Flights of Fancy

The sun warms my face as it cascades through the passenger side truck window. Images of Rupert quivering with anticipation after locking eyes with a grouse hidden in the brush flood my mind’s eye. I wonder what I’ll do when that king of birds flushes up through the thicket in a thunder of wings and feathers. Will I rise to the challenge and take a shot? Will I miss?

As it turns out, I did neither. The first time Rupert bumped a grouse I was dumbstruck. By the time the unfamiliar sound of a bird taking flight rung in my ear drums, Scott had already swung his shotgun toward the fleeing grouse and emptied both barrels.

He turns to see me with my gun still resting on my shoulder.

“Did you even shoot?” he asks with a puzzled smile.

“Shoot? I didn’t even see it!”

“That’s the thing with grouse,” he says giving Rupert a satisfied pat on the head. “You aim toward the sound. By the time you see it, it’s already too late.”

With that we were off in search of the next covey. Busting through young birch trees so close together I often got my vest or hat stuck while trying to squeeze through. Even more often I was whipped in the face by thin branches. It is as though the trees are fighting back against my intrusion.

Rupert, clad in his orange vest and bell cheerily ringing, bounds through the thickest brush without hesitation. It’s as if the branches part on their own creating an invisible path that only he can see. I envy him as yet another hidden branch slaps me in the ear.

I’m rubbing the scorned earlobe with my palm, distracted, wondering what the heck I am doing out here. I should be cuddled up on the couch with the cats and a good book. Not out here being abused by nature. That’s when I hear Scott call out “he’s on point”.

I turn and see Rupert, tail high and quaking, right paw curled up at the ready, and nose pointing forward. There’s be no doubt maties, birds be here. Scott motions for me to move up in front of Rupert to try and flush the bird. “Be ready” is the only advice muttered.

To our right I hear the now familiar flutter of wings, Scott again empties both barrels. This time when he turns, I’m seen standing shot gun at my side and my hand pointing in the direction of the bird.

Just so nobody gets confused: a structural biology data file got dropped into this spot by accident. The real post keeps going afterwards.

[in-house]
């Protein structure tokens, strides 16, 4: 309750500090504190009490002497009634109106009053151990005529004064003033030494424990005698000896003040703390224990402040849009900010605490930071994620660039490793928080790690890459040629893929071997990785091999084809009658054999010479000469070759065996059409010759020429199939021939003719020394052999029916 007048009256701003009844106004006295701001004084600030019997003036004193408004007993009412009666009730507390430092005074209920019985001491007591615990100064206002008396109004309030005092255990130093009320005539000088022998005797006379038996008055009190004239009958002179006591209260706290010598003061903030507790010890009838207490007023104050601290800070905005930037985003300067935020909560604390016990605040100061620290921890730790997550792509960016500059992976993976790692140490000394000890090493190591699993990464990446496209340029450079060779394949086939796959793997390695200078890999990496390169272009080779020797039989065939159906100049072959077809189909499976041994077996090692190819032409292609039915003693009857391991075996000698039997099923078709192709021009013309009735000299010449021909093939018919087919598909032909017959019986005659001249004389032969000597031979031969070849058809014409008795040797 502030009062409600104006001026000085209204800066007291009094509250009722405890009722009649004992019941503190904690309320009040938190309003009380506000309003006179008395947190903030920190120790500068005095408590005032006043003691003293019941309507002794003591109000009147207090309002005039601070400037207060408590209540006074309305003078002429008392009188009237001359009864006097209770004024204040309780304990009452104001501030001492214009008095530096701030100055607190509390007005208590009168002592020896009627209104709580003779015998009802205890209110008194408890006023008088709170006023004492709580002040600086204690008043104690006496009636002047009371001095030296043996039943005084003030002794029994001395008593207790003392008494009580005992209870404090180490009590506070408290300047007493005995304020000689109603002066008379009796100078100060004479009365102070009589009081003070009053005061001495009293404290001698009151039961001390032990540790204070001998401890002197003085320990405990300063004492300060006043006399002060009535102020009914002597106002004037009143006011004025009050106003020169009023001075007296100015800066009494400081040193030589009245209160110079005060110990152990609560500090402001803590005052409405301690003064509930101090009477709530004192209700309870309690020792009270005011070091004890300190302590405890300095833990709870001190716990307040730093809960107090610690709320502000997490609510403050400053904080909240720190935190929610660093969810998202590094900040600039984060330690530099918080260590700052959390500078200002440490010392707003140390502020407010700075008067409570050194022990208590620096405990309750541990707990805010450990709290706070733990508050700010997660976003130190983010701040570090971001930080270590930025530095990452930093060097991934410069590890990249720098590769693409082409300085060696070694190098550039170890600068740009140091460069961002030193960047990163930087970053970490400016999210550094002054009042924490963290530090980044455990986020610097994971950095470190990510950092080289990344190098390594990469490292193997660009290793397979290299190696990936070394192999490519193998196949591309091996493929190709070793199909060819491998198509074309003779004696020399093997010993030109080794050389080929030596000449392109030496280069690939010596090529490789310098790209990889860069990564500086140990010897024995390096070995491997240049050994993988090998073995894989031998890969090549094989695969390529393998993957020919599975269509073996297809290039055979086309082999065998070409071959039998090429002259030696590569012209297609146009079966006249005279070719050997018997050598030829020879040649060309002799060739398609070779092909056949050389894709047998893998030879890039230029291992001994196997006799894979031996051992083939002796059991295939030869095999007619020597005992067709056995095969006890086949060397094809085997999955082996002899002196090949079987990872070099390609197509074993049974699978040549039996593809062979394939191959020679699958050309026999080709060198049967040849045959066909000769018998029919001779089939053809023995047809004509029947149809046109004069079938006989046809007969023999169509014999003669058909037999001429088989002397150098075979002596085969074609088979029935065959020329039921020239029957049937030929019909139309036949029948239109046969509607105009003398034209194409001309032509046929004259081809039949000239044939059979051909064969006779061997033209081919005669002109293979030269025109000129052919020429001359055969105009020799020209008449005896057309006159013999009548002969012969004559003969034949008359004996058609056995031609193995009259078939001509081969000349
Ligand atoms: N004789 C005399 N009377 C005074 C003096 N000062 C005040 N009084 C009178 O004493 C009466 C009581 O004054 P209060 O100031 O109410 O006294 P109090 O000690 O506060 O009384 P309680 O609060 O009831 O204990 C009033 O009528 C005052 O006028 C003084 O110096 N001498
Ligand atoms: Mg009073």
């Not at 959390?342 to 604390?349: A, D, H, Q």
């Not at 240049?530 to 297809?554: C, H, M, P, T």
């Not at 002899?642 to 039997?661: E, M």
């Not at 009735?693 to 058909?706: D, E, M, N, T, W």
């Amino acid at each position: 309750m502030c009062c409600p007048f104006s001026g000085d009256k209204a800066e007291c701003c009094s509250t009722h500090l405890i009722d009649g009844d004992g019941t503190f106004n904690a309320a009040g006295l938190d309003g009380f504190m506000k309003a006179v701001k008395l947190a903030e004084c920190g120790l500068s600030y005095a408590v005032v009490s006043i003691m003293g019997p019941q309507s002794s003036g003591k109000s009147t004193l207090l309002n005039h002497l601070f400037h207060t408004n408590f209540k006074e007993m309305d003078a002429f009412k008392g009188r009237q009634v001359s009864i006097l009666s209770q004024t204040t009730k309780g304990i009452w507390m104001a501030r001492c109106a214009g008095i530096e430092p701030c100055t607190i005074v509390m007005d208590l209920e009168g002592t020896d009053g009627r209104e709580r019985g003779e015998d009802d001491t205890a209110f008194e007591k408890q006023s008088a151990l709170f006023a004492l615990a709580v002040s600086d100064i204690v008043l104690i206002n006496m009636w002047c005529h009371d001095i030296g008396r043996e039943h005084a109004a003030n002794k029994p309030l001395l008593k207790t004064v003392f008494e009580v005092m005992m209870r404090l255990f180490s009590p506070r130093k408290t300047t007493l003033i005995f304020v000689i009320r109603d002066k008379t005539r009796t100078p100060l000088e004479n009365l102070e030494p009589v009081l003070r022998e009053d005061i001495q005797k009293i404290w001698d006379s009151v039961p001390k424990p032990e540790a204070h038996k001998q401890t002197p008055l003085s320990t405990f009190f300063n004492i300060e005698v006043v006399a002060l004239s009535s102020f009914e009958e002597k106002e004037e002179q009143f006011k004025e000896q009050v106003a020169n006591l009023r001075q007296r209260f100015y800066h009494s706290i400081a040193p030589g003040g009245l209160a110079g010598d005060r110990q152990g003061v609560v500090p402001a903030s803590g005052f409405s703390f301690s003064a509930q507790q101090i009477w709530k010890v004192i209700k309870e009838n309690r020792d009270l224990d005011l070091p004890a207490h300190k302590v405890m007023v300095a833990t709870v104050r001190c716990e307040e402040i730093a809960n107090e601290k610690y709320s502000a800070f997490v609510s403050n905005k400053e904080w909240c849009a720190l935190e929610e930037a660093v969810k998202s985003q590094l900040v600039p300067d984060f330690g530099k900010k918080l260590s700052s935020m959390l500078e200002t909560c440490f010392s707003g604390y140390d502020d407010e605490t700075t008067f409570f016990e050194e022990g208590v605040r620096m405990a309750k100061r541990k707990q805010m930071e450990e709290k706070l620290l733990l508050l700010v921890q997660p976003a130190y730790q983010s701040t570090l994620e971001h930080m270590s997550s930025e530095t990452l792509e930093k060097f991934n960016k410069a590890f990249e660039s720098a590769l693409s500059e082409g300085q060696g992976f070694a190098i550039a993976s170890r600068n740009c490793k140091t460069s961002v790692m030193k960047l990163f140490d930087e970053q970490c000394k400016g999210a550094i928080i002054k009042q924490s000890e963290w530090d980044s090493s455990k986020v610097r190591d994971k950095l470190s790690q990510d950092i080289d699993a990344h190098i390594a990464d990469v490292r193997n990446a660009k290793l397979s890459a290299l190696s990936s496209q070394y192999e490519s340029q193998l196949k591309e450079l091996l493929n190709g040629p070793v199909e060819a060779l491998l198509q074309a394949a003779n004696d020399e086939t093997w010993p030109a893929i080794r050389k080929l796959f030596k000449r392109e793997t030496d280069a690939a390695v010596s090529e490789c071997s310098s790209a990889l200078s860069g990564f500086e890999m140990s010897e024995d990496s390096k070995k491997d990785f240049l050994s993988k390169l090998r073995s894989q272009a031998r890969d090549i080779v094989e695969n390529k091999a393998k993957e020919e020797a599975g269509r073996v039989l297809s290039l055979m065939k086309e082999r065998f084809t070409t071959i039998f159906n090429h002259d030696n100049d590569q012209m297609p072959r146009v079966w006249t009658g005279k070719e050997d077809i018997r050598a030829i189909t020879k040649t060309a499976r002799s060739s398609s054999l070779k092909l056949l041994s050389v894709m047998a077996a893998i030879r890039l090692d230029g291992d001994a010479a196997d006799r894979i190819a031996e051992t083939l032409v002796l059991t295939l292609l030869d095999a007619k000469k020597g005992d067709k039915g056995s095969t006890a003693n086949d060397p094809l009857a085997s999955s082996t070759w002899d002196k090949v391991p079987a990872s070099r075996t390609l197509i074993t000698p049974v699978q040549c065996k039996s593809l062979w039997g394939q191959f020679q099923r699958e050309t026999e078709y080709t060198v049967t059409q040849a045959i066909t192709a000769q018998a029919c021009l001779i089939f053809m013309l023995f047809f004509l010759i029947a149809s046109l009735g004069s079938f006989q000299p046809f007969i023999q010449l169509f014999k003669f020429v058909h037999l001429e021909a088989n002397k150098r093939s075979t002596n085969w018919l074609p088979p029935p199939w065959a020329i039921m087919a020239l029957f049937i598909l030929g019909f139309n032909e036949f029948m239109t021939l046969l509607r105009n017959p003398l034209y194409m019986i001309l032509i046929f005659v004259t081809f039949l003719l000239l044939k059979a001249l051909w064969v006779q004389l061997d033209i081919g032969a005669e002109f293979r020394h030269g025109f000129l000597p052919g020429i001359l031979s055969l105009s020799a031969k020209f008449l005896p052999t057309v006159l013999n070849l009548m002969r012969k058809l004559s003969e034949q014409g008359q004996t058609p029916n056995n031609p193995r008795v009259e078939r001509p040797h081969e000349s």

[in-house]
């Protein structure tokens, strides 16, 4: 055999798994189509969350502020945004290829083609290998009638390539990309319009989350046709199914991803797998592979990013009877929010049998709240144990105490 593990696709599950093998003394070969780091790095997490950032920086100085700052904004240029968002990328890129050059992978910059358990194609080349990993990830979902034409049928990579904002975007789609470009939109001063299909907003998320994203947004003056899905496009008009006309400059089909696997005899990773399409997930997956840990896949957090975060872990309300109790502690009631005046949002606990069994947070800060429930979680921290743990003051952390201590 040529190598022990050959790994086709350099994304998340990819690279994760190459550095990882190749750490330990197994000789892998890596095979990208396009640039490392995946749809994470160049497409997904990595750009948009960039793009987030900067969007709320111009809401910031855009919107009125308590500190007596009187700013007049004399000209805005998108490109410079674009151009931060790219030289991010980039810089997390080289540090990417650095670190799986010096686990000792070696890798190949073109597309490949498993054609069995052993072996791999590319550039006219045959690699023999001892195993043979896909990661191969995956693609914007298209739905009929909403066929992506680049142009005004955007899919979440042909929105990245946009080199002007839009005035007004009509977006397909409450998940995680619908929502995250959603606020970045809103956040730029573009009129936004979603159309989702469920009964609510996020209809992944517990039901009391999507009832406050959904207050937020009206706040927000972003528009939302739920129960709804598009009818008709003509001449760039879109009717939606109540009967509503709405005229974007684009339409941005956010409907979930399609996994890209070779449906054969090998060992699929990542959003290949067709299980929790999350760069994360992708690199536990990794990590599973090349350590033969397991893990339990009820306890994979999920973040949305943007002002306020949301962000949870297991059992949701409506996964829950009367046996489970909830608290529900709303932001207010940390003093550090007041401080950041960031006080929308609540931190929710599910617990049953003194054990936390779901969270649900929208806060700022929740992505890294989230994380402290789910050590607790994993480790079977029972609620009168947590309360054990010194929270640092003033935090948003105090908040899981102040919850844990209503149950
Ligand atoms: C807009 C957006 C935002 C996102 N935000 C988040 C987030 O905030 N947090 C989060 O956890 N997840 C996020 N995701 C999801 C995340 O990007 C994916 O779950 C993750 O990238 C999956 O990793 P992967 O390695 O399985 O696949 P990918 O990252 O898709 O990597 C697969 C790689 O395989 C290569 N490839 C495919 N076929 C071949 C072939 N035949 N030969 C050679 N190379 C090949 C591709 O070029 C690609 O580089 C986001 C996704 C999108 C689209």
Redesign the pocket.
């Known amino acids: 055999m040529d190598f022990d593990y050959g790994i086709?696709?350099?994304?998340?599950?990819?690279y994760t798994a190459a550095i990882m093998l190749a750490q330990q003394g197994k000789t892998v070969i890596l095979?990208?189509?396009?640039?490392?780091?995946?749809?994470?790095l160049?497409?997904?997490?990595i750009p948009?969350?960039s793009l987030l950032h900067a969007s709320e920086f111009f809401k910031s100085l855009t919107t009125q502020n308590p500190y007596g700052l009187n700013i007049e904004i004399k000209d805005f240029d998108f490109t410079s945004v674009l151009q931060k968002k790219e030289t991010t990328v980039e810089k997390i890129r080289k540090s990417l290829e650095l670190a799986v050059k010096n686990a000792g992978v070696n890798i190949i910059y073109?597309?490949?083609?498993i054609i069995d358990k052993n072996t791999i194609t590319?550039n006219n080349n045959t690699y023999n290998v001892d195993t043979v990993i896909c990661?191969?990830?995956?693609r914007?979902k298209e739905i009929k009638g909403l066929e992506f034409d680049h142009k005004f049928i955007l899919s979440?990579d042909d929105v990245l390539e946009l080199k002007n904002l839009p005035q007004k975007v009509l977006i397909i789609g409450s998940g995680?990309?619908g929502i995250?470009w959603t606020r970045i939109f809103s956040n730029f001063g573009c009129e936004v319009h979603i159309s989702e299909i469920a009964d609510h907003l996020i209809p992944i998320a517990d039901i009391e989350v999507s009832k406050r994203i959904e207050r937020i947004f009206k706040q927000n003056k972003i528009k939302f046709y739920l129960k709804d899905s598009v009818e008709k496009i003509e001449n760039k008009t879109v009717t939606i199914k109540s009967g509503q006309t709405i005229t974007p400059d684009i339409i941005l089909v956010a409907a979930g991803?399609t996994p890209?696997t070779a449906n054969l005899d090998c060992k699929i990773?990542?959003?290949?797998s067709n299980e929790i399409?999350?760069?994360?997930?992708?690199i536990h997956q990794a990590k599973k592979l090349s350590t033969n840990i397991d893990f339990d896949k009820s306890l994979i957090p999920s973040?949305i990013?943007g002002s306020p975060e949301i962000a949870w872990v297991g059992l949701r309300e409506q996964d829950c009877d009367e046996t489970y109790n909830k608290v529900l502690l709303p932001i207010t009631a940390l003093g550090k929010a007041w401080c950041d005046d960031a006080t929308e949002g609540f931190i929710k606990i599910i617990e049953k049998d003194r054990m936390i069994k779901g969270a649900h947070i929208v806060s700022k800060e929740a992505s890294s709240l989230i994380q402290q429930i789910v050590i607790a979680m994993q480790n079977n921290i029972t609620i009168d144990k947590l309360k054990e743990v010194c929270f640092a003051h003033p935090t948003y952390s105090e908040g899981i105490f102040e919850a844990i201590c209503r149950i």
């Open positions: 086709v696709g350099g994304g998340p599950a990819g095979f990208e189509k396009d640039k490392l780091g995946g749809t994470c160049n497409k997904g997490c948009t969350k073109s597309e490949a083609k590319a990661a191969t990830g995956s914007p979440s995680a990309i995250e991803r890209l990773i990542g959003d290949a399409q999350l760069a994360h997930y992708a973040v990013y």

“I already have a pointer,” Scott laughs at me. “We don’t need another one.”

I have spent 30 years of my life observing nature. Being witness to fluffy bunny rabbits hopping along the bunny trail or spotting unique avian creatures as they flutter across the sky. It’s going to take a while for the muscle memory to change from pointing a finger to pointing a gun in the direction of the animal.

On our next venture out, Scott, Rupert and I decide to scout out new territory. The trees are a little older and more spaced out and the ground is soft and damp - “could be perfect for timberdoodles” Scott says eagerly. To which my instant reply is “timber-what-dles?”.

For those not in the “know” as I was, “timberdoodle” is another term for woodcock - a ground-dwelling migratory bird. It is, quite frankly, one of the oddest looking things with wings I have ever seen. They also have some killer dance moves.

Tromping through the woods we came across a creek, Scott took one side while I walked along the other. Rupert, like he’s been doing it for years, worked the area bounding from one side to the other between the two of us, leaving no potential location unturned. To my left I hear a gentle flutter of wings and wispy “peep-peep-peep”. Without even thinking, my shotgun is resting at my shoulder, I pull the trigger in the direction of the timberdoodle’s escape path. I, as expected, miss, but as Scott said, at least I was shooting.

I have spent more time out in the woods during this fall and winter than I ever have in recent memory. As pheasant and woodcock season came and went, and grouse season comes to a close, I find myself silently cursing after a smack from a branch less and less. Instead of following behind Scott’s sure-footed steps, I venture out on my own path through the woods more and more. I close my eyes, taking in the sweet cool air and the quiet sounds of the forest.

Rupert makes a hard right and slams on another point, snapping me back to the moment. I move in front of him to flush the grouse while Scott stands at the ready. Moving through the brush, I anxiously await the the thunder of feathers taking flight. With every step I imagine a grouse fluttering up in front of me… Nothing.

“Maybe it moved, relocate him,” Scott whispers in a hushed tone.

I tap Rupert on the head. “Go ahead.” Nothing. I give another nudge to his head “Go ahead” a bit more forcefully. He doesn’t budge. Shaking his head, Scott begins to move toward me and the stubborn dog. He barely takes two steps when there is a thunder of wings behind me, and in front of Scott, breaks the tense silence. It was too quick and from an unexpected direction, neither of us had a chance. Rupert broke from point and went on a short chase, hoping, perhaps, that he could do what we couldn’t… get a grouse.

Not long after, Rupert catches wind of more feathered friends he eagerly wants to make the acquaintance of. With Scott on one side, and me on the other, a covey of five grouse burst from the brush in a flurry of thunder and feathers. Scott lets loose some rounds to my right and I pull the trigger at a grouse flying right across my line of sight and hit… a tree. Those grouse lived to see another day and Rupert’s disappointment in our terrible shooting is quickly forgotten as he catches wind of other pursuits.

I've seen many woodcock, grouse, and pheasants this season and although the only birds I've been able to hit have been on a game farm, I've had the pleasure to watch a young dog grow in the grouse woods. And that’s an experience worth a thousand branches in the face.